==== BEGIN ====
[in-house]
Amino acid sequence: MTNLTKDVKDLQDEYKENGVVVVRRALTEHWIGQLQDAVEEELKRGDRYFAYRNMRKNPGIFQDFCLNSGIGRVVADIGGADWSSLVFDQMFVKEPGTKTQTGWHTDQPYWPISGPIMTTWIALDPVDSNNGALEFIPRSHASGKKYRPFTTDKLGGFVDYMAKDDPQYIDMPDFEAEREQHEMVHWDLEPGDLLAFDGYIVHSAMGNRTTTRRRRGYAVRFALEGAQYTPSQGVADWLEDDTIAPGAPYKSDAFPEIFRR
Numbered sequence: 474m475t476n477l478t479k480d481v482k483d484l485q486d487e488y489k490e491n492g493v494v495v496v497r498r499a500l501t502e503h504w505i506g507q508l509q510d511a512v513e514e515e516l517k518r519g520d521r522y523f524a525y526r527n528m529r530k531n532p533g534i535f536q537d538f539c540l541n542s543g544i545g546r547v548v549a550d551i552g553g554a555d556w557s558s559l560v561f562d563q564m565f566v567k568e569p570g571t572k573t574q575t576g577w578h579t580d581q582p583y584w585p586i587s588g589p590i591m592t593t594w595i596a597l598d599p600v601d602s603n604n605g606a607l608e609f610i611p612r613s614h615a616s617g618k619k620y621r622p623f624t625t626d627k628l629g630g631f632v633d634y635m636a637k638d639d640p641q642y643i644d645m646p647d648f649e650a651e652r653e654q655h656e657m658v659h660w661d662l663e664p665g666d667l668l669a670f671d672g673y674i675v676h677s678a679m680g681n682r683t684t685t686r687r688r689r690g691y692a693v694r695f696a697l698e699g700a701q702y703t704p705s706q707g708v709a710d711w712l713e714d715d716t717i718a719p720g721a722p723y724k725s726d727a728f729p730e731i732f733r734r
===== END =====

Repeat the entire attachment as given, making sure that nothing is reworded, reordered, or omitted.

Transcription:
[in-house]
Amino acid sequence: MTNLTKDVKDLQDEYKENGVVVVRRALTEHWIGQLQDAVEEELKRGDRYFAYRNMRKNPGIFQDFCLNSGIGRVVADIGGADWSSLVFDQMFVKEPGTKTQTGWHTDQPYWPISGPIMTTWIALDPVDSNNGALEFIPRSHASGKKYRPFTTDKLGGFVDYMAKDDPQYIDMPDFEAEREQHEMVHWDLEPGDLLAFDGYIVHSAMGNRTTTRRRRGYAVRFALEGAQYTPSQGVADWLEDDTIAPGAPYKSDAFPEIFRR
Numbered sequence: 474m475t476n477l478t479k480d481v482k483d484l485q486d487e488y489k490e491n492g493v494v495v496v497r498r499a500l501t502e503h504w505i506g507q508l509q510d511a512v513e514e515e516l517k518r519g520d521r522y523f524a525y526r527n528m529r530k531n532p533g534i535f536q537d538f539c540l541n542s543g544i545g546r547v548v549a550d551i552g553g554a555d556w557s558s559l560v561f562d563q564m565f566v567k568e569p570g571t572k573t574q575t576g577w578h579t580d581q582p583y584w585p586i587s588g589p590i591m592t593t594w595i596a597l598d599p600v601d602s603n604n605g606a607l608e609f610i611p612r613s614h615a616s617g618k619k620y621r622p623f624t625t626d627k628l629g630g631f632v633d634y635m636a637k638d639d640p641q642y643i644d645m646p647d648f649e650a651e652r653e654q655h656e657m658v659h660w661d662l663e664p665g666d667l668l669a670f671d672g673y674i675v676h677s678a679m680g681n682r683t684t685t686r687r688r689r690g691y692a693v694r695f696a697l698e699g700a701q702y703t704p705s706q707g708v709a710d711w712l713e714d715d716t717i718a719p720g721a722p723y724k725s726d727a728f729p730e731i732f733r734r